When they were diagnosed with microcephaly, I was determined they wouldn’t keep that diagnosis. I laid my hands on their heads every single time I touched them and prayed their heads would grow. God answered that prayer. They have regular-sized head circumference! Truly a miracle. If they didn’t, their cognitive functioning would be much worse. 

Q: How old were the boys when they were diagnosed with autism? How much did you know about autism before their diagnosis?

The twins were four years old when they were diagnosed, but I knew something was wrong years before the official diagnosis. Not only were they a textbook case of FASD, but they are of autism as well. It’s important to remember that autism can have co-morbid diagnoses. In other words, having autism doesn’t mean you can’t have other diagnoses as well. Did the FASD cause the autism? We have no way of knowing.

When the boys received their autism diagnosis, the only thing I knew about autism was from the movie Rain Man, which means I knew nothing! Plus, autism is different in every individual.

In 1997-98, the only thing I had was a rickety old IBM computer someone had given me. It barely worked and was one of those with the green screen, but I used it to hook up to AOL. (I can still hear that dial-up sound in my ears!) Once online, I connected with an amazing crew of mamas and grandmas who also had children with autism. It was those women who led me to resources. I have to tell you, we were on the cutting edge of research in those days, but as far as early intervention was concerned, it was very difficult to get anyone to listen to us regarding what our children needed to have to succeed. It was very, very hard to get people’s attention. If it weren’t for those women, I don’t know how I’d have survived those early years. They were a lifeline.

Q: Who will benefit from reading your new book, A Pair of Miracles: A Story of Autism, Faith, and Determined Parenting?

I hope families and caregivers will be encouraged by reading about our journey and might gain a few ideas on how to work with their child. I also hope they will feel like they’re not alone in the struggle. I know I like to read books that validate what I’m feeling. It’s always good to know you’re not the only one in the trenches, fighting the good fight of day-to-day survival with autism.

I’ve included a generous section on how to work with your child. These include ideas that worked for us but also some evidence-based interventions proven to work for a lot of children with autism. Since I’m also a special-education teacher, I hope the book will help educators understand what families deal with. I’ve sat on both sides of the IEP table. I know the stress of advocating for what’s in the best interest of my child, but I also know how it feels to be an educator. Educators and parents need to work as a team, and the book gives great tips on how to do so.

Q: What was the doctors’ prognosis of how the boys would be able to function as they grew and matured? How did you work through the grief that followed the news?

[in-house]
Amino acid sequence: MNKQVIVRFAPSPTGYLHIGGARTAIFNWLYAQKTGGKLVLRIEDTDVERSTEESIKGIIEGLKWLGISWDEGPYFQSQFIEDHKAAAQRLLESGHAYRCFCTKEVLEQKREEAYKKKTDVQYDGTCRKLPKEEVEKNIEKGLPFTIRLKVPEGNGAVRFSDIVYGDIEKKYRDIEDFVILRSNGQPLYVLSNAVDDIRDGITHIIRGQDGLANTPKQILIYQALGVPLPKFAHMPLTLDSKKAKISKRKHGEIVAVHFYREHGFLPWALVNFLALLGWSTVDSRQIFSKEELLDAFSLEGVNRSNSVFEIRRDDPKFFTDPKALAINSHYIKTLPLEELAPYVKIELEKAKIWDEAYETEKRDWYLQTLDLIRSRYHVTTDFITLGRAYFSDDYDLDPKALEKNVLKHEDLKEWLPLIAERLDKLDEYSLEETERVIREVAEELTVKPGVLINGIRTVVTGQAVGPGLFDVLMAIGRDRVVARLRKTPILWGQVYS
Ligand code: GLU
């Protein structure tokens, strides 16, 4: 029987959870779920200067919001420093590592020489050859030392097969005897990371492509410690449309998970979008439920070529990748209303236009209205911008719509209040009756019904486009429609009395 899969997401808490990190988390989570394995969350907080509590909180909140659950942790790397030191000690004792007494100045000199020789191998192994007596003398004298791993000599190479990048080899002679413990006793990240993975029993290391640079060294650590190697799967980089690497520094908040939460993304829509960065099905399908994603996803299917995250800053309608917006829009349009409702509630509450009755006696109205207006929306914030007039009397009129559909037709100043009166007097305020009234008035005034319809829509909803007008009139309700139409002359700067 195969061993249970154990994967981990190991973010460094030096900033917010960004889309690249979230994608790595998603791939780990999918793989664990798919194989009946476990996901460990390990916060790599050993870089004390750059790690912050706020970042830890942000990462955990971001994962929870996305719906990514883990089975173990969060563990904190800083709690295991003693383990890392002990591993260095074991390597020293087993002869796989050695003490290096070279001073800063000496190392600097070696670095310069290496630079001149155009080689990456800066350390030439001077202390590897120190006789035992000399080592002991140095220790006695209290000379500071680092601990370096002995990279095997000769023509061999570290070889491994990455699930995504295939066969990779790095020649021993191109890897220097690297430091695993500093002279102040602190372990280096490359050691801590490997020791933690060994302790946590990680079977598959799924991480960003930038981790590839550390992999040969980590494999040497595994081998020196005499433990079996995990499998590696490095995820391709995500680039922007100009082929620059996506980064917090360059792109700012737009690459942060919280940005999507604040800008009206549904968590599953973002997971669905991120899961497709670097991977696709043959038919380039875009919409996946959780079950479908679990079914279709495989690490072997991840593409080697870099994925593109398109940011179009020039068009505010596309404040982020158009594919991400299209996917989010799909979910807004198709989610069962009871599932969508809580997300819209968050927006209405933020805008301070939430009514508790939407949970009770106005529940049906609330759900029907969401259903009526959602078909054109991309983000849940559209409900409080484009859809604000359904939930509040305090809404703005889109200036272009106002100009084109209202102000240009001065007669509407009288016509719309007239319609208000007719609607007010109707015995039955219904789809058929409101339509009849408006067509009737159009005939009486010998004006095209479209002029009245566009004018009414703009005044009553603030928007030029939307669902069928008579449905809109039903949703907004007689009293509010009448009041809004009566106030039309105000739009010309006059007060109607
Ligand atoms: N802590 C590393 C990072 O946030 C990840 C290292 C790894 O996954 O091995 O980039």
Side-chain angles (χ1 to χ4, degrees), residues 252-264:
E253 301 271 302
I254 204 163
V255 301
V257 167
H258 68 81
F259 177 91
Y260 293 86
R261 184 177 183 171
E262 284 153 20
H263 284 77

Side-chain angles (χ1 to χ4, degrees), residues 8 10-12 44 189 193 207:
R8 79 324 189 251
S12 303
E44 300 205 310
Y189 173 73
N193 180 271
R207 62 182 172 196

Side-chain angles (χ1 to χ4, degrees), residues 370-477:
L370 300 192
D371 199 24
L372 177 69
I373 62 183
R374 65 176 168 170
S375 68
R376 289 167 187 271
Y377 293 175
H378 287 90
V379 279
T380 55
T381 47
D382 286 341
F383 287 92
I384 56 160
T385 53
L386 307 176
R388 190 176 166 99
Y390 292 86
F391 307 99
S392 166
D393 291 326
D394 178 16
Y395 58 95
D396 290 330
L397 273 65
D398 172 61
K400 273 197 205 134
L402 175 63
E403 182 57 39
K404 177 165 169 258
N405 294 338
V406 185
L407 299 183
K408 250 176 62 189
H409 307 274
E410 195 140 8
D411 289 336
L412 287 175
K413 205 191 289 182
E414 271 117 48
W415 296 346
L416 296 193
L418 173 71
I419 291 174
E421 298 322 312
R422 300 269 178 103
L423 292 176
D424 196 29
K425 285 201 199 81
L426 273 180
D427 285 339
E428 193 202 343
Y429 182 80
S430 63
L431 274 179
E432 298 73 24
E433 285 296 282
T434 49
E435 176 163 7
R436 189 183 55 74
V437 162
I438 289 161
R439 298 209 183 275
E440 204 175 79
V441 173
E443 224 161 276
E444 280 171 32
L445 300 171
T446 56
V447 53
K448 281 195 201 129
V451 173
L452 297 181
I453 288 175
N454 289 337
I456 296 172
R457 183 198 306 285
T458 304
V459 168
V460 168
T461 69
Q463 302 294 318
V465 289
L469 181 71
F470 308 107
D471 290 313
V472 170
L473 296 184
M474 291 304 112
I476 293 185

The working title of this book was Pie in the Sky. I was told by a psychologist my hopes and dreams for them to function independently was “pie in the sky thinking” and I “better get over that right now.” I never went back to her. The boys have done much, much more than anyone thought possible.

For instance, that particular doctor told me they’d never read, be able to live independently or speak. Other doctors simply didn’t know and told me I would have to wait and see. Only one doctor I worked with was sympathetic to me, and it wasn’t anything he said, but it was how he treated me with such kindness and respect when we’d see him. I wish there were more pediatricians like that today. He never gave an opinion about the future. He just helped me get through each medical crisis and was very encouraging to me. He made me feel like I was competent.

Today the twins walk. They talk and understand everything that’s said to them. Their speech and language is a little difficult to understand at times, but they function well enough to send text messages and talk on the phone.

I worked through my grief about their diagnosis in stages. In some ways, I already knew something was wrong. Developmental pediatricians were tracking their physical development, and we could already see some things about their development weren’t right, such as the size of their heads. I also knew the way they reacted to sensory input was way off, and they weren’t meeting their developmental milestones on time, such as sitting up, walking and talking. Still, even though I knew something was wrong, I went through all the normal stages of grief — from anger to acceptance. I still do go through some of the stages. All parents with special needs kids deal with grief on a day-to-day basis. It cycles through us at various times depending on what we’re dealing with. Mostly, though, I’m so proud of my guys. They’ve worked hard to get where they are today.